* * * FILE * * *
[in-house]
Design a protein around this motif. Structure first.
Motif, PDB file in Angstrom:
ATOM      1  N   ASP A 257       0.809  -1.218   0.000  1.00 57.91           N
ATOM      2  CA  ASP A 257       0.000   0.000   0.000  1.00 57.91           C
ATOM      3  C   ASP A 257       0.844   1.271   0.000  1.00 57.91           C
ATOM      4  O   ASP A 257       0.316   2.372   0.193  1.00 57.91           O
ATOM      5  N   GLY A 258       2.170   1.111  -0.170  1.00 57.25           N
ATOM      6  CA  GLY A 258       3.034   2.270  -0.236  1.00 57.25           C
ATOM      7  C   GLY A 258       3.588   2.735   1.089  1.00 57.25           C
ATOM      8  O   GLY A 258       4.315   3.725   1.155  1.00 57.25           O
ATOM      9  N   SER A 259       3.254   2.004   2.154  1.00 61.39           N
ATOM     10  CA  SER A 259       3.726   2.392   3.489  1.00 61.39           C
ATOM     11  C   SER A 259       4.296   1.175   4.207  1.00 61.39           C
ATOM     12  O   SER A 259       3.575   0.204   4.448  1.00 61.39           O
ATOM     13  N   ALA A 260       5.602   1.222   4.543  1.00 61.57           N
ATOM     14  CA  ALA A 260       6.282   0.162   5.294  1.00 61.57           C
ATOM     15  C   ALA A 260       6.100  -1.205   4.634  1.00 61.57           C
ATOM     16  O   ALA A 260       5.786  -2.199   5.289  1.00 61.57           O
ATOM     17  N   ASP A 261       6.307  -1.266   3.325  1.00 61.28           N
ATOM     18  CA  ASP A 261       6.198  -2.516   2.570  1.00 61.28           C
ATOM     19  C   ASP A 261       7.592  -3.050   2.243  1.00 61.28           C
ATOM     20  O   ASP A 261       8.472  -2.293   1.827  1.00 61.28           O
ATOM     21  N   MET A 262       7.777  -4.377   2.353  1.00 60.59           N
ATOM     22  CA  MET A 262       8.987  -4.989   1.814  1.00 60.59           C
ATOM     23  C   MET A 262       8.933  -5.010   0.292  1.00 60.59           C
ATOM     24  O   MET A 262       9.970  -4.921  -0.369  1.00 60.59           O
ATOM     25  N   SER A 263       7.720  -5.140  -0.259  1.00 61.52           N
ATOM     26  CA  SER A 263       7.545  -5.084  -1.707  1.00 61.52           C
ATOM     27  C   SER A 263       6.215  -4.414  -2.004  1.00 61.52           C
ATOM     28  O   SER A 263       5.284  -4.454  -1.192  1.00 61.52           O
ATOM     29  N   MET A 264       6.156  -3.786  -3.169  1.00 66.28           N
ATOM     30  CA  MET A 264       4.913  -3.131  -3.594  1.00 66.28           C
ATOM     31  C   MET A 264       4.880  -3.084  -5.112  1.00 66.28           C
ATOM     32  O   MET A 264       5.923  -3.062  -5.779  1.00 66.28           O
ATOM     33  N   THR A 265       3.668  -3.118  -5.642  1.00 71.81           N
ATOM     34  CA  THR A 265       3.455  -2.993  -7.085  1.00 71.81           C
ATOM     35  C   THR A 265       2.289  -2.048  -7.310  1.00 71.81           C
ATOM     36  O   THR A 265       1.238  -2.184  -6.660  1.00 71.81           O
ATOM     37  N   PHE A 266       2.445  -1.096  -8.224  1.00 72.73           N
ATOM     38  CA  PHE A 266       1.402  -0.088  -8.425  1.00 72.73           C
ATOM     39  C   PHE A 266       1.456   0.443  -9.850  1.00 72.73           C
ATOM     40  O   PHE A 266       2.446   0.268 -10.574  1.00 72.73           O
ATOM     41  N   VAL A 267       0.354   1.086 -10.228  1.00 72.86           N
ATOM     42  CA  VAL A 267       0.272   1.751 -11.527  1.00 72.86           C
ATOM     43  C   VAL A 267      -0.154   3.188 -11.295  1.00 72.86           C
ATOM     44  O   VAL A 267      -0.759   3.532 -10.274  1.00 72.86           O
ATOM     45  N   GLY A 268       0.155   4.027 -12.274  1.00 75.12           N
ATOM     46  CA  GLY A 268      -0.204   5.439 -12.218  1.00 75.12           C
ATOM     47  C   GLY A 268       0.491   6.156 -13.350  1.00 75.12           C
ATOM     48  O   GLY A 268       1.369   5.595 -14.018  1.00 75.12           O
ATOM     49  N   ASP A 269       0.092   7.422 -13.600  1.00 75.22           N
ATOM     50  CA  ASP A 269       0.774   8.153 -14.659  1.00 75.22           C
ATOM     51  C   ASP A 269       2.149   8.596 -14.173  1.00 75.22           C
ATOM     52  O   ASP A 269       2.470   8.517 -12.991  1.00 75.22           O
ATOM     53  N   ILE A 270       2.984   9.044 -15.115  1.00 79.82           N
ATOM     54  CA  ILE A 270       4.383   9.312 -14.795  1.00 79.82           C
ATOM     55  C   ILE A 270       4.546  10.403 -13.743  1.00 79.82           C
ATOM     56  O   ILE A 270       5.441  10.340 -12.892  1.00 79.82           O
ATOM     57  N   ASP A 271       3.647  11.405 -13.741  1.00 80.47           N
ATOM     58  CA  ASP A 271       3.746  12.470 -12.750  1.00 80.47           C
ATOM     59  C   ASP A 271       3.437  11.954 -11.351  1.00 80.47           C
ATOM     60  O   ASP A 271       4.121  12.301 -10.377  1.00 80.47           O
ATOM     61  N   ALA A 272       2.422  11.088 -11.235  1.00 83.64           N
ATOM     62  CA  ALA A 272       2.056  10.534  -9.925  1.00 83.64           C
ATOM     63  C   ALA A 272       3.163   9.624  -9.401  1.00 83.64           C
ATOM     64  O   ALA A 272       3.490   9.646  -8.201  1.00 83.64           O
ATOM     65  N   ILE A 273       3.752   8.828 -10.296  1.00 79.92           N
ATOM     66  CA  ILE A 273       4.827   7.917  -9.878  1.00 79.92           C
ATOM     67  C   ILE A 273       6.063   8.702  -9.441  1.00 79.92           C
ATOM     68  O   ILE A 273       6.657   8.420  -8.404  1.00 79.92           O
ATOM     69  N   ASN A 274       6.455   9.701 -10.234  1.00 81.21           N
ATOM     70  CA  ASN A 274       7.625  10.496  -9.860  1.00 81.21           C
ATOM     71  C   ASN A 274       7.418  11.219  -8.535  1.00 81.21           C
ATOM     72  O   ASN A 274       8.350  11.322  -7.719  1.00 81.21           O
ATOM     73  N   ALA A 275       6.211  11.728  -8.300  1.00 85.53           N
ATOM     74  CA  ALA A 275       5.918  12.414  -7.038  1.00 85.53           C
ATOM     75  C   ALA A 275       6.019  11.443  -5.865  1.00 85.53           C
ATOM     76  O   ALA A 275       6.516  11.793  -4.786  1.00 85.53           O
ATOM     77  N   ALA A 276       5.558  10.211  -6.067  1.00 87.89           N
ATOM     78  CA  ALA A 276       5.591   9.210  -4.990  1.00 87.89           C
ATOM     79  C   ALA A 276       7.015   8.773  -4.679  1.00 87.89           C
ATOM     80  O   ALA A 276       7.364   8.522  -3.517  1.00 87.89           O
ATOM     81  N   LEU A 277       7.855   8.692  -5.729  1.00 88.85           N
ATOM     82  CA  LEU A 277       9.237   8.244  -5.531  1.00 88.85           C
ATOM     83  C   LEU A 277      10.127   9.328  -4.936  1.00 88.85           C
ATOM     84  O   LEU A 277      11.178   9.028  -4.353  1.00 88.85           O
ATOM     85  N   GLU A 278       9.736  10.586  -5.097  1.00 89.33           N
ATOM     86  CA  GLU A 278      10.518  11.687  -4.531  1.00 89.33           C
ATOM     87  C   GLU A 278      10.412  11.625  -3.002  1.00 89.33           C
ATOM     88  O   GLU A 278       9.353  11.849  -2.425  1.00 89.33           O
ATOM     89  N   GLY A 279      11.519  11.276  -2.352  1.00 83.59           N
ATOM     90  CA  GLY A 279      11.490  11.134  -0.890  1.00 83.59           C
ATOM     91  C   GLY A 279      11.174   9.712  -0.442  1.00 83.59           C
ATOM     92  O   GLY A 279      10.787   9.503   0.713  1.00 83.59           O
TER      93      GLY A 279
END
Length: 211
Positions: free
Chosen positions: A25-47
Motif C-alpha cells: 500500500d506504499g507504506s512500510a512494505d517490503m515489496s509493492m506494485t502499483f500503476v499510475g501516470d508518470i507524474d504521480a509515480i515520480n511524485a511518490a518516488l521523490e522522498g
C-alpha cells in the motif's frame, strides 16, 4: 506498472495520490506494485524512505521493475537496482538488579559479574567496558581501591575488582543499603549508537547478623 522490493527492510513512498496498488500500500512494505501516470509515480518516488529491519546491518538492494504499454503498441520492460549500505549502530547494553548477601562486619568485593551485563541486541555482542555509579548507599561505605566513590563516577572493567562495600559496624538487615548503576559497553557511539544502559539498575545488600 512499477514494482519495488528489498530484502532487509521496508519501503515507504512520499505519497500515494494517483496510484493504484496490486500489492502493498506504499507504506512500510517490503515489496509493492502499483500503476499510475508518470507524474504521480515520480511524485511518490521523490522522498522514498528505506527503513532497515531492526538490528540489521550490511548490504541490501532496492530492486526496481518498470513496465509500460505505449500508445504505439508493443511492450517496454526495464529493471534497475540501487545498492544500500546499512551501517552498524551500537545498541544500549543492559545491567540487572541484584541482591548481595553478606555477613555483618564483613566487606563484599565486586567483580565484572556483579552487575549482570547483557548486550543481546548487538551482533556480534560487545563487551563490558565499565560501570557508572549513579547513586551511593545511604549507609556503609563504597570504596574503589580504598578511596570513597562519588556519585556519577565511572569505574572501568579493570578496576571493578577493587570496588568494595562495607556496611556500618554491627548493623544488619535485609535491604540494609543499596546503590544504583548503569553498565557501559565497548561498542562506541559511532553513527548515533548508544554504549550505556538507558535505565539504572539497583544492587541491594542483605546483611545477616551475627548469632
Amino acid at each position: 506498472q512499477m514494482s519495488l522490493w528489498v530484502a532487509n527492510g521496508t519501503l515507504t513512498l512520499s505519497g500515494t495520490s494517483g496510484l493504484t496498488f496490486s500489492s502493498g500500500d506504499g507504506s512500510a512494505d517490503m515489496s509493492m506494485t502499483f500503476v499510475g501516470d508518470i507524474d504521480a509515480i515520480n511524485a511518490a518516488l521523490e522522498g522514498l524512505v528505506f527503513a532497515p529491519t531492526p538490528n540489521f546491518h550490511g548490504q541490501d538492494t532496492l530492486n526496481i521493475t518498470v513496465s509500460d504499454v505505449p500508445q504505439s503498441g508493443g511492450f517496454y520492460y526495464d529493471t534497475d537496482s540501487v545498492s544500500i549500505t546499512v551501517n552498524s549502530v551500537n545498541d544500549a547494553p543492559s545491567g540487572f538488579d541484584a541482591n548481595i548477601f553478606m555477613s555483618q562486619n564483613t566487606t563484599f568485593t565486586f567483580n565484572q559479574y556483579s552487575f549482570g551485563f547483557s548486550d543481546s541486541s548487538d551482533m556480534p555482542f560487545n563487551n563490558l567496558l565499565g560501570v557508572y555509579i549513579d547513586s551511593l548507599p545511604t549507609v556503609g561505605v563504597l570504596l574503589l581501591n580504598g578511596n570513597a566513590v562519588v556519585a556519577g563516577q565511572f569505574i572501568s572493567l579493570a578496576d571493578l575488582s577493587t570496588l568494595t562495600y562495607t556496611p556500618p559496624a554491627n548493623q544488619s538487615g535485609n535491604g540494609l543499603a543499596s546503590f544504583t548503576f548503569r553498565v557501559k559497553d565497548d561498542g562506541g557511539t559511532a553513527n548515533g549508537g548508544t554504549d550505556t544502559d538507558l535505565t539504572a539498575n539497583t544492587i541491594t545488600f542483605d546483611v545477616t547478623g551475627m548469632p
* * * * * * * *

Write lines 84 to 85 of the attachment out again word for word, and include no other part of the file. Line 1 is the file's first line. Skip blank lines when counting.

ATOM     81  N   LEU A 277       7.855   8.692  -5.729  1.00 88.85           N
ATOM     82  CA  LEU A 277       9.237   8.244  -5.531  1.00 88.85           C